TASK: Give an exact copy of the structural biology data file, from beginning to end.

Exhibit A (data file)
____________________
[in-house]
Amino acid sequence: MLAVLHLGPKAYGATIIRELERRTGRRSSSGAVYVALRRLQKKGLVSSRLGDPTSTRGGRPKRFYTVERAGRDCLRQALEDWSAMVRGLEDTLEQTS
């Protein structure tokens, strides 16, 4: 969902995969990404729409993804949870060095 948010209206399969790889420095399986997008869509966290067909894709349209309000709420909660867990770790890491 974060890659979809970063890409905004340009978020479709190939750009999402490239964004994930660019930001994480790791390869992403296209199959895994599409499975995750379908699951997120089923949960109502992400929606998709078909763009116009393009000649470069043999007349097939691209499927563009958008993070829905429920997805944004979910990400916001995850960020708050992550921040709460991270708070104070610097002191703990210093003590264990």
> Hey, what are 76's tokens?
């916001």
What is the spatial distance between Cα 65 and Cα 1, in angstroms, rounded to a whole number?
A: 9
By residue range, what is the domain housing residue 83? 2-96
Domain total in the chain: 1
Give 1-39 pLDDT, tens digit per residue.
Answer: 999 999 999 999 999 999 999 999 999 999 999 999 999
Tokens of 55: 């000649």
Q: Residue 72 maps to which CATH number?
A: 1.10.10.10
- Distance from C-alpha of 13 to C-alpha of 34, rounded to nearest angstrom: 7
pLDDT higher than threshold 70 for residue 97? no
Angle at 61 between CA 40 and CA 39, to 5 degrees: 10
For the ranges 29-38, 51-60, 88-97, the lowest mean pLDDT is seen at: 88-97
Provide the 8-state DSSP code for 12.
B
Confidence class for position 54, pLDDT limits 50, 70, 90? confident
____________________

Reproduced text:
[in-house]
Amino acid sequence: MLAVLHLGPKAYGATIIRELERRTGRRSSSGAVYVALRRLQKKGLVSSRLGDPTSTRGGRPKRFYTVERAGRDCLRQALEDWSAMVRGLEDTLEQTS
């Protein structure tokens, strides 16, 4: 969902995969990404729409993804949870060095 948010209206399969790889420095399986997008869509966290067909894709349209309000709420909660867990770790890491 974060890659979809970063890409905004340009978020479709190939750009999402490239964004994930660019930001994480790791390869992403296209199959895994599409499975995750379908699951997120089923949960109502992400929606998709078909763009116009393009000649470069043999007349097939691209499927563009958008993070829905429920997805944004979910990400916001995850960020708050992550921040709460991270708070104070610097002191703990210093003590264990």
> Hey, what are 76's tokens?
């916001």
What is the spatial distance between Cα 65 and Cα 1, in angstroms, rounded to a whole number?
A: 9
By residue range, what is the domain housing residue 83? 2-96
Domain total in the chain: 1
Give 1-39 pLDDT, tens digit per residue.
Answer: 999 999 999 999 999 999 999 999 999 999 999 999 999
Tokens of 55: 């000649």
Q: Residue 72 maps to which CATH number?
A: 1.10.10.10
- Distance from C-alpha of 13 to C-alpha of 34, rounded to nearest angstrom: 7
pLDDT higher than threshold 70 for residue 97? no
Angle at 61 between CA 40 and CA 39, to 5 degrees: 10
For the ranges 29-38, 51-60, 88-97, the lowest mean pLDDT is seen at: 88-97
Provide the 8-state DSSP code for 12.
B
Confidence class for position 54, pLDDT limits 50, 70, 90? confident